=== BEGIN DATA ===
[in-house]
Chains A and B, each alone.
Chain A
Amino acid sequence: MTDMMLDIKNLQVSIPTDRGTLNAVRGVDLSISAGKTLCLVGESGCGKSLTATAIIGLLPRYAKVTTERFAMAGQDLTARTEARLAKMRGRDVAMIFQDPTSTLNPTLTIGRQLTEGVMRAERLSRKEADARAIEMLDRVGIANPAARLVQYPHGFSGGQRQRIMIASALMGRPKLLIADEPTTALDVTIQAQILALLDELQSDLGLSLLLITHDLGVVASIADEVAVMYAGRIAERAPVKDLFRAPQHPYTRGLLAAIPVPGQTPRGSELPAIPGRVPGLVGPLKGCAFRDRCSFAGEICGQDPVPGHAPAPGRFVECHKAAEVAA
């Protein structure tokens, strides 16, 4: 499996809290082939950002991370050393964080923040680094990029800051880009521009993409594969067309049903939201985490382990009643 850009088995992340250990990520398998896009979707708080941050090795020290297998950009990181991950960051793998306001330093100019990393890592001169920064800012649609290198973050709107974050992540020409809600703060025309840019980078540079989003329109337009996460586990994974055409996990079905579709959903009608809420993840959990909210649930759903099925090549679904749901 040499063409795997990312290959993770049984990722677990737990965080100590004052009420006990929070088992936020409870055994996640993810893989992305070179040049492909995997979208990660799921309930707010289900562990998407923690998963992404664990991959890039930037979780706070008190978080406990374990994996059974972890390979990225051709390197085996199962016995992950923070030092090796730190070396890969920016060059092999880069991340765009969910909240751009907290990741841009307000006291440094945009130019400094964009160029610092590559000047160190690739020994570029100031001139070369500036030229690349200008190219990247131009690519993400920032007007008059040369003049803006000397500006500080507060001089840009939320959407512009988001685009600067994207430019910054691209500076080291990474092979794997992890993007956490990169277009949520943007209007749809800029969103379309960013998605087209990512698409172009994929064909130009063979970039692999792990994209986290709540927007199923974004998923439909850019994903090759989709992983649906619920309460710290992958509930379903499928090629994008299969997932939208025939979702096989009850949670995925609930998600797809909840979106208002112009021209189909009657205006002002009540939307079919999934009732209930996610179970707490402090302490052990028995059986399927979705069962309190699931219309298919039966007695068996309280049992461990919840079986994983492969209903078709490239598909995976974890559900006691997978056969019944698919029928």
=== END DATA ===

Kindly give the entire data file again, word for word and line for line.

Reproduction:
[in-house]
Chains A and B, each alone.
Chain A
Amino acid sequence: MTDMMLDIKNLQVSIPTDRGTLNAVRGVDLSISAGKTLCLVGESGCGKSLTATAIIGLLPRYAKVTTERFAMAGQDLTARTEARLAKMRGRDVAMIFQDPTSTLNPTLTIGRQLTEGVMRAERLSRKEADARAIEMLDRVGIANPAARLVQYPHGFSGGQRQRIMIASALMGRPKLLIADEPTTALDVTIQAQILALLDELQSDLGLSLLLITHDLGVVASIADEVAVMYAGRIAERAPVKDLFRAPQHPYTRGLLAAIPVPGQTPRGSELPAIPGRVPGLVGPLKGCAFRDRCSFAGEICGQDPVPGHAPAPGRFVECHKAAEVAA
């Protein structure tokens, strides 16, 4: 499996809290082939950002991370050393964080923040680094990029800051880009521009993409594969067309049903939201985490382990009643 850009088995992340250990990520398998896009979707708080941050090795020290297998950009990181991950960051793998306001330093100019990393890592001169920064800012649609290198973050709107974050992540020409809600703060025309840019980078540079989003329109337009996460586990994974055409996990079905579709959903009608809420993840959990909210649930759903099925090549679904749901 040499063409795997990312290959993770049984990722677990737990965080100590004052009420006990929070088992936020409870055994996640993810893989992305070179040049492909995997979208990660799921309930707010289900562990998407923690998963992404664990991959890039930037979780706070008190978080406990374990994996059974972890390979990225051709390197085996199962016995992950923070030092090796730190070396890969920016060059092999880069991340765009969910909240751009907290990741841009307000006291440094945009130019400094964009160029610092590559000047160190690739020994570029100031001139070369500036030229690349200008190219990247131009690519993400920032007007008059040369003049803006000397500006500080507060001089840009939320959407512009988001685009600067994207430019910054691209500076080291990474092979794997992890993007956490990169277009949520943007209007749809800029969103379309960013998605087209990512698409172009994929064909130009063979970039692999792990994209986290709540927007199923974004998923439909850019994903090759989709992983649906619920309460710290992958509930379903499928090629994008299969997932939208025939979702096989009850949670995925609930998600797809909840979106208002112009021209189909009657205006002002009540939307079919999934009732209930996610179970707490402090302490052990028995059986399927979705069962309190699931219309298919039966007695068996309280049992461990919840079986994983492969209903078709490239598909995976974890559900006691997978056969019944698919029928």